The use of the organ in protestant church services between 1886 and 1938. Part 5: the position of the organist

by Jan Smelik | Het ORGEL | Year 115 | (2019) | Issue 6
In this part of the series on the use of the organ in protestant church services between 1886 and 1938, the position of the organist is discussed. De Nederlandsche Organisten Vereeniging (Dutch Association of Organists) was established in 1890 to be a social-financial safety net for ailing organists. In the 1890s this organization and Het Orgel gave attention as well to the financial situation of not-ailing organists. The idea was that improvement of the quality of organists was inseparable from good remuneration. The organization worked toward a future in which only sufficiently qualified organists would be hired. To this end a system of diplomas and certificates was developed. Church trustees were urged to hire only organists who had at least a certificate.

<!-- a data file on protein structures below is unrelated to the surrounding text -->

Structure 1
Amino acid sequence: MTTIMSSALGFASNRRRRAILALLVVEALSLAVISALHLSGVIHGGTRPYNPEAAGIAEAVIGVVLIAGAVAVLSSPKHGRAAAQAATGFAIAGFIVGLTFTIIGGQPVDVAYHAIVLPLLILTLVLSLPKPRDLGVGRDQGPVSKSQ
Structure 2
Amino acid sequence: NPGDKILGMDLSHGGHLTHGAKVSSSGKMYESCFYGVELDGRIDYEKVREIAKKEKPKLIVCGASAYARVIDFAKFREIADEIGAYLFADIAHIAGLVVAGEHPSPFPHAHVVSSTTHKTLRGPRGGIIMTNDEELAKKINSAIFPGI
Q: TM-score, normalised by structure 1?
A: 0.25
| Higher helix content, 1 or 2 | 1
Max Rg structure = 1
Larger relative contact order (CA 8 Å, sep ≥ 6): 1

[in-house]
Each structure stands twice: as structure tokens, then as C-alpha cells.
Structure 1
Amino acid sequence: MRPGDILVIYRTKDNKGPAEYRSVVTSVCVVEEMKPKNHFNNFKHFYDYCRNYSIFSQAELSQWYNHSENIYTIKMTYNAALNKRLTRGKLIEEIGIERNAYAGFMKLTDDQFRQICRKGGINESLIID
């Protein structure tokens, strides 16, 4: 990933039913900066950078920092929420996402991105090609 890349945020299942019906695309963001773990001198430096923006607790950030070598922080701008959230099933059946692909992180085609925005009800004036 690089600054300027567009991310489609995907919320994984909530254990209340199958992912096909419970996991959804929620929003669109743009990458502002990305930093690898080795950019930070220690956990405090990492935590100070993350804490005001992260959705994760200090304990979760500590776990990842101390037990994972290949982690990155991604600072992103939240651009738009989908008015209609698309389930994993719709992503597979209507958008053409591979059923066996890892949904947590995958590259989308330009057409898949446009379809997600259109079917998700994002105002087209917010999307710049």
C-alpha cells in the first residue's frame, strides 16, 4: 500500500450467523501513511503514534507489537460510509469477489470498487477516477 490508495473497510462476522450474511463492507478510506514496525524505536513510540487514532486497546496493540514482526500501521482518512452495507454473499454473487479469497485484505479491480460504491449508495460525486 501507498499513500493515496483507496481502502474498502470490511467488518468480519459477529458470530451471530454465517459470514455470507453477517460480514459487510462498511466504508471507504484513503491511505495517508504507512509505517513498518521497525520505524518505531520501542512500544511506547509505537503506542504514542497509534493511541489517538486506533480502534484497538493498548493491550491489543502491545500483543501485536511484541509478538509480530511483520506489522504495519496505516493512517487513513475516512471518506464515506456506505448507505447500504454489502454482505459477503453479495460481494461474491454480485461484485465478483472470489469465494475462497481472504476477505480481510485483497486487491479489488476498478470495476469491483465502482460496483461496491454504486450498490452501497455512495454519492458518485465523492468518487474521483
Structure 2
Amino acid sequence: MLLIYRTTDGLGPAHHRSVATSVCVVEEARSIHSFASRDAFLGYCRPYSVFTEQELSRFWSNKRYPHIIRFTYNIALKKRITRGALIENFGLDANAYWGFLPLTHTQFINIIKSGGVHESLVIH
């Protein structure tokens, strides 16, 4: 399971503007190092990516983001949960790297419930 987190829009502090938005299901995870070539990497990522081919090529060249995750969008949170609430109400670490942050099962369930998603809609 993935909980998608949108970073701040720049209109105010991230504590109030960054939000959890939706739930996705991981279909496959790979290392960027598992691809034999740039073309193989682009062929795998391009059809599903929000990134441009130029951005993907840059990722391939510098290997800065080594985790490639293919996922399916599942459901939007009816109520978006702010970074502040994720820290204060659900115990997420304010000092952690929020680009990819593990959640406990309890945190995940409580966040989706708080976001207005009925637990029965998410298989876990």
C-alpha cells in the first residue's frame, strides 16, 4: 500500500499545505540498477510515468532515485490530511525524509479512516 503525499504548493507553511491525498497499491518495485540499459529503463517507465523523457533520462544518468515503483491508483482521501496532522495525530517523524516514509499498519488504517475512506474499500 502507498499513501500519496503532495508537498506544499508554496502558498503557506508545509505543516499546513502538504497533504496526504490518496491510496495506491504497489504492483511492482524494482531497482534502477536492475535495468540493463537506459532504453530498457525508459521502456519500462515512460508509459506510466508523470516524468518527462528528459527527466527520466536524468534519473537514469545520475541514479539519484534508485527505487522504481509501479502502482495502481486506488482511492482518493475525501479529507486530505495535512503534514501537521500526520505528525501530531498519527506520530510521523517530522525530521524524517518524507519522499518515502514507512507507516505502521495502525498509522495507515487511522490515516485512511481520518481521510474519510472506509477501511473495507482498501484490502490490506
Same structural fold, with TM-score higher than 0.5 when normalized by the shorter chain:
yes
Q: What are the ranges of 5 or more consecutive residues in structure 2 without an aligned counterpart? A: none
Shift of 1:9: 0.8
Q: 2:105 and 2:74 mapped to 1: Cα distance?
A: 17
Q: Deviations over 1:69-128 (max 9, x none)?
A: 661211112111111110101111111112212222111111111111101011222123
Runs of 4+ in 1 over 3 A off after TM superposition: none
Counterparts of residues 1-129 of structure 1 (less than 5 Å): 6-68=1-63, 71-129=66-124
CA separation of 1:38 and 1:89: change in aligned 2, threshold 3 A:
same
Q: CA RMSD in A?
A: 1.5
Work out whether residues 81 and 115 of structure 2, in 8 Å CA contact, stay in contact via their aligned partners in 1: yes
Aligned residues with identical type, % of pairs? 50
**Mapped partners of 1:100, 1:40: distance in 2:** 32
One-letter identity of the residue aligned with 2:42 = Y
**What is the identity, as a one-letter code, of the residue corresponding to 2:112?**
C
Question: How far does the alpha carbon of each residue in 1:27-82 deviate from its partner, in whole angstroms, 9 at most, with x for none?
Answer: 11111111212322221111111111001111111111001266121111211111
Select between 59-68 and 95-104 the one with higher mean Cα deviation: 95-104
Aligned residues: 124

Additionally it was to be made clear to religious leaders that an organist had to be paid for his work, also because it would then be possible to make greater demands on him. If the churches were to demand a certificate or diploma, and couple this to an appropriate salary, this would stimulate organists to further develop their playing. This was the background for the campaign that the Vereniging organized in 1914-1920 to move churches to pay their organists a (better) fee. The question of payment was mentioned after 1920 only obliquely in the columns of Het Orgel.

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